In a report published last month, the European Securities and Markets Authority explores these potential benefits of DLT as they apply to the European securities markets. The report highlights what it sees as the key challenges and risks faced by the sector as a result of the increasing adoption of DLT. Importantly, it determines that DLT adoption does not yet warrant regulatory intervention or amendment; it envisages DLT fitting (for the time being) within the existing regulatory framework.
Corporate governance: the McGregor-Smith review on race in the workplace
Baroness McGregor-Smith has published her review on race in the workplace, accompanied by the Government’s response to her findings. The Review makes a number of recommendations to improve diversity within organisations.
Drawing parallels with the Davies Report and its positive impact on the representation of women on boards, in its response the Government states that it believes that “in the first instance, the best method is a business-led, voluntary approach and not legislation as a way of bringing about lasting change” but that it “will monitor progress and stand ready to act if sufficient progress is not delivered“. Accordingly, Business Minister Margot James has written to the chief executives of all FTSE 350 companies urging them to improve diversity and inclusion in the workplace and implement some of the key recommendations in the Review.
Market Abuse Regulation: impact on share plans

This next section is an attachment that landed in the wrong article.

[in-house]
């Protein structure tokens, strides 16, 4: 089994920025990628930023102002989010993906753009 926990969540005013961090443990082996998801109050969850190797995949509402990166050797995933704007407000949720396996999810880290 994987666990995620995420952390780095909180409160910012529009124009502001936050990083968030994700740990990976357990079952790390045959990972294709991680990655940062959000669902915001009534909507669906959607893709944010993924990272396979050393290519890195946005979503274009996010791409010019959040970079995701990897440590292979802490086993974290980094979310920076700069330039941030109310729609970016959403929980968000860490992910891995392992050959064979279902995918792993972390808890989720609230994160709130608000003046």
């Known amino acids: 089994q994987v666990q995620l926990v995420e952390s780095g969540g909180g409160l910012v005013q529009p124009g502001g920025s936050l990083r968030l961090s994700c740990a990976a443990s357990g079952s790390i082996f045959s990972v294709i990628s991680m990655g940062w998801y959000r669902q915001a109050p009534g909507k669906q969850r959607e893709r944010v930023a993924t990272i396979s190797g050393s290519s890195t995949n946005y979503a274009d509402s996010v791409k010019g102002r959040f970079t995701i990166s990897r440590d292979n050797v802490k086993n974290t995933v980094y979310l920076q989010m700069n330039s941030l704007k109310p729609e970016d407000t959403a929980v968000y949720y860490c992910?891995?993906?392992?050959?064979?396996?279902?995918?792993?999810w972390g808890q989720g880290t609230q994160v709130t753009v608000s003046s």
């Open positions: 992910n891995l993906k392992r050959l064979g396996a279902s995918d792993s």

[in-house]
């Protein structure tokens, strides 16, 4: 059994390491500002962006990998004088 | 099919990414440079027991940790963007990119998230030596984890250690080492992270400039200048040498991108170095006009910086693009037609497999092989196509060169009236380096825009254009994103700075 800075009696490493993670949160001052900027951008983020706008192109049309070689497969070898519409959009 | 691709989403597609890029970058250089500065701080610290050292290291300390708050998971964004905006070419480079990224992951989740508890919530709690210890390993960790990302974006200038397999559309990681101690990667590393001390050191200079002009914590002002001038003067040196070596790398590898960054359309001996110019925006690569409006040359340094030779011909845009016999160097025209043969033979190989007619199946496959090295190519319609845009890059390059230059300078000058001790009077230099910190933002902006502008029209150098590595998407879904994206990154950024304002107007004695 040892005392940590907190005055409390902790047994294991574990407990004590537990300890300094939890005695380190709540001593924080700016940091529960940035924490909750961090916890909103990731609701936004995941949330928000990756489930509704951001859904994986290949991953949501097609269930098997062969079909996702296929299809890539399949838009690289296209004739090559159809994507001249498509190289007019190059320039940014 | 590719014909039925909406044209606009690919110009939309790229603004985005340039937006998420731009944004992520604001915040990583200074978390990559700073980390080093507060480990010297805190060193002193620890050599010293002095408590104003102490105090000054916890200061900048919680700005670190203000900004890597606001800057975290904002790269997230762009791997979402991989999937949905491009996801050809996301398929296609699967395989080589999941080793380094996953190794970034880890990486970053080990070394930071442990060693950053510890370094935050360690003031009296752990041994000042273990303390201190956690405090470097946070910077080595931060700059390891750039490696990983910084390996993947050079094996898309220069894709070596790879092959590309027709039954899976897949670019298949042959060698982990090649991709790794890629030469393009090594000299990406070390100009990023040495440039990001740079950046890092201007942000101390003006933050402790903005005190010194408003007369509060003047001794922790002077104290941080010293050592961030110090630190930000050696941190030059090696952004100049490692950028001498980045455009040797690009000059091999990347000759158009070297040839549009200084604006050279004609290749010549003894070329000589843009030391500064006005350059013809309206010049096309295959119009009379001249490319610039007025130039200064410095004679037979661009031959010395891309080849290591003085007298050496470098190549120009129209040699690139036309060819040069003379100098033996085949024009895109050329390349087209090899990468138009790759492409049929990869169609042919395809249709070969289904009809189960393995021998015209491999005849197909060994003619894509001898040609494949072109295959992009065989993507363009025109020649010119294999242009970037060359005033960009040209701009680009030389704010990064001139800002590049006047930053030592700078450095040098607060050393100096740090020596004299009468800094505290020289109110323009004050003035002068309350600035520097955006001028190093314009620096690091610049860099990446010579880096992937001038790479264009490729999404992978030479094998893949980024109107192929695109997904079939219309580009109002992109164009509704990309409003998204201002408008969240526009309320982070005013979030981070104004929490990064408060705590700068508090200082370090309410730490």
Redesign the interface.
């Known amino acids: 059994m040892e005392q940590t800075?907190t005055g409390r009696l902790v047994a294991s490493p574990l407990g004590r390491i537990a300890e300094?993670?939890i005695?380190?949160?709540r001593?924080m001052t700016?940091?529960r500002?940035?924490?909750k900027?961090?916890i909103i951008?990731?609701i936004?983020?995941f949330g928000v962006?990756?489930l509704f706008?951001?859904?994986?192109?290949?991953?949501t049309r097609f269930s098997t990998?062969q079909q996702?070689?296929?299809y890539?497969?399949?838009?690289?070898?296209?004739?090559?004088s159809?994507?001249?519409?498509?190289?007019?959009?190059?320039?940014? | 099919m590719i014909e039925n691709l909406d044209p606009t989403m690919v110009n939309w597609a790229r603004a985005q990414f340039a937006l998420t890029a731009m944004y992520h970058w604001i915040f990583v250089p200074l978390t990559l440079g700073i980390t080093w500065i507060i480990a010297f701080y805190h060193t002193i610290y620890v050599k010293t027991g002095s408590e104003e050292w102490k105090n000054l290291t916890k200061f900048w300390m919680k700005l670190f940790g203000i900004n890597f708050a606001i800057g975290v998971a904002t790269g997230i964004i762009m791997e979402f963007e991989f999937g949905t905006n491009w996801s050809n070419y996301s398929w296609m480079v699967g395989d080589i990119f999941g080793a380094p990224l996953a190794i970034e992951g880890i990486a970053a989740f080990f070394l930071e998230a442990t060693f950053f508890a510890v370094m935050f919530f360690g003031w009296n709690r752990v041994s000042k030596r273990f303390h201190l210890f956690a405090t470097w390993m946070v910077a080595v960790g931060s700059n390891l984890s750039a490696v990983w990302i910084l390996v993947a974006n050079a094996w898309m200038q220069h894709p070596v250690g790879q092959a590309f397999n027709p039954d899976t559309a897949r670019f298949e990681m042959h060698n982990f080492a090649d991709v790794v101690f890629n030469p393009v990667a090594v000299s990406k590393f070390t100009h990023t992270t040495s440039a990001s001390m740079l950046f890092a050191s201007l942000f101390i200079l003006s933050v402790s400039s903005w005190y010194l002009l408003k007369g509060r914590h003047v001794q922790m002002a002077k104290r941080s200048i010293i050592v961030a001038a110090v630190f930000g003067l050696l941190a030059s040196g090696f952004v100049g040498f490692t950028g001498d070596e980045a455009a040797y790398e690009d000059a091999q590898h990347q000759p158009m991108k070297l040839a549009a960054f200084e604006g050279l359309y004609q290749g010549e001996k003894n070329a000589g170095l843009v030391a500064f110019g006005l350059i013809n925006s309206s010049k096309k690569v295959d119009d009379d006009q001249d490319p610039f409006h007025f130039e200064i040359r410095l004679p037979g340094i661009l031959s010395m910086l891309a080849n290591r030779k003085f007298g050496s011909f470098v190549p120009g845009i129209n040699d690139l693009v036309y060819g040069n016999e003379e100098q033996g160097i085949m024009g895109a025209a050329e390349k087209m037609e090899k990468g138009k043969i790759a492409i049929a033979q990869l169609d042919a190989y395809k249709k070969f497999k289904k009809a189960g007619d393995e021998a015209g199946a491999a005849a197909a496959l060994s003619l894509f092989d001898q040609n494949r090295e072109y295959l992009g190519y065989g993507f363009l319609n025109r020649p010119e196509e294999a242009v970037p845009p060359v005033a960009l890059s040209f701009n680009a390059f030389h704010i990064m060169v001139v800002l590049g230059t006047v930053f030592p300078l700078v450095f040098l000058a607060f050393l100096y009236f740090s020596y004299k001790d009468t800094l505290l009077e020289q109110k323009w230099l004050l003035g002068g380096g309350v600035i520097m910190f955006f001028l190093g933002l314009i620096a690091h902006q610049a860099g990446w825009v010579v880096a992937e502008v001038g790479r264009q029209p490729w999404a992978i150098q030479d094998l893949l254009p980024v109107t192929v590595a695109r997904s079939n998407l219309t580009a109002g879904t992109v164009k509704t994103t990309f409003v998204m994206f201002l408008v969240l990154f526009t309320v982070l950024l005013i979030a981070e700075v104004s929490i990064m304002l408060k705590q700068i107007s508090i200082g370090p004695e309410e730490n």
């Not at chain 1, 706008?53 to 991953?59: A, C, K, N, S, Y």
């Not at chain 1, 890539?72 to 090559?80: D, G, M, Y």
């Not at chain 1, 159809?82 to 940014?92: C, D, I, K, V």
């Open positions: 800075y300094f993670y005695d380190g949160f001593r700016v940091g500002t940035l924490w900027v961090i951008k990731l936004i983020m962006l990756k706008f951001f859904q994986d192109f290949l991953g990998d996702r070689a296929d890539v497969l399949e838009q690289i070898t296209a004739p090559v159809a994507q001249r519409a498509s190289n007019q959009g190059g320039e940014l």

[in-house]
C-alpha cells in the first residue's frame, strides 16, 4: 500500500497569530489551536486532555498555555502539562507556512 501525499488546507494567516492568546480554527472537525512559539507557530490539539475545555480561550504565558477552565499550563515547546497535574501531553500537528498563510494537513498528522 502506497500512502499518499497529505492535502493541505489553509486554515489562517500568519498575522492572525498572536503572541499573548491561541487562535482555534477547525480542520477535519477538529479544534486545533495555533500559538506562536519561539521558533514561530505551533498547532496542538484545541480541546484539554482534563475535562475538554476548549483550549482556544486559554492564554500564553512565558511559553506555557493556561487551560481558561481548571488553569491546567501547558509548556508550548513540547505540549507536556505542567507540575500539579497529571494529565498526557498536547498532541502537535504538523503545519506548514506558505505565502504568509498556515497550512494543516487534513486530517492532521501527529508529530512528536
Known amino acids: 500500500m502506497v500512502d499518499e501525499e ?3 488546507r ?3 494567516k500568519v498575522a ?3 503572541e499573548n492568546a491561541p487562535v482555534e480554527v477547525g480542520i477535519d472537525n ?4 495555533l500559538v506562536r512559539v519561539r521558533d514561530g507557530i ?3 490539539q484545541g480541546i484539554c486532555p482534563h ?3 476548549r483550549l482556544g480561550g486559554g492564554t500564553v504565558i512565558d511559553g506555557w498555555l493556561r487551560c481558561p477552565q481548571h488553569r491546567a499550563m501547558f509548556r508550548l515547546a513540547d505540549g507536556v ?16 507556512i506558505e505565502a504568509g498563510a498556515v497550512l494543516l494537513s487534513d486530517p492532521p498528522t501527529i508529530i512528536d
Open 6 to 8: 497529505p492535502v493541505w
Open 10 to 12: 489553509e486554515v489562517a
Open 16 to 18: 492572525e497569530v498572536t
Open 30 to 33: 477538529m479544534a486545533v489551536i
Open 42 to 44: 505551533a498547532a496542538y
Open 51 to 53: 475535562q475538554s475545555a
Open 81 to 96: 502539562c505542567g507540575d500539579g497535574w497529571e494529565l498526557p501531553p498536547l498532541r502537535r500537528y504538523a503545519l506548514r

Whilst almost all quoted companies will have updated their share dealing codes in the light of the introduction of the Market Abuse Regulation in July 2016, the impact of the new rules on employee share plans is sometimes overlooked.
Although in practical terms the operation of many share plans will not be significantly affected for companies which comply with the Investment Association’s current Principles of Remuneration, the rules of plans adopted before MAR came into force may be out of date in a number of respects.
In particular, the periods during which awards may be made (and the vesting and exercise of awards) should be updated to reflect MAR closed periods. In addition, historic references to the Model Code should be updated (unless the plans are drafted widely enough to extend to equivalent codes), and further changes may be necessary to ensure that the rules dovetail with the company’s new share dealing code.
Please contact Osborne Clarke’s Head of Incentives, Michael Carter, or your usual Osborne Clarke contact if you would like to discuss the impact of MAR on your share plans, or have any queries in relation to employee share plans generally.
Corporate law 101: capital contributions
Capital contributions are a bit of an oddity. Neither equity nor debt, they aren’t recognised in the UK’s statutory company law, nor do they benefit from a clear statement of their legal character in case law.
Nevertheless, we see them with increasing frequency in our corporate work, driven in part by overseas group treasury practice (especially in the US). So, understanding their essential characteristics (and some of the legal and tax uncertainties they can present in a UK context) is key.
Brexit: how OC can help your business
With Article 50 being triggered yesterday, the most complicated divorce proceedings in history are now underway. At Osborne Clarke, we have a dedicated team of Brexit Impact Advisors across Europe, the UK and the US to help your business navigate the uncertainties surrounding the UK’s departure from the EU.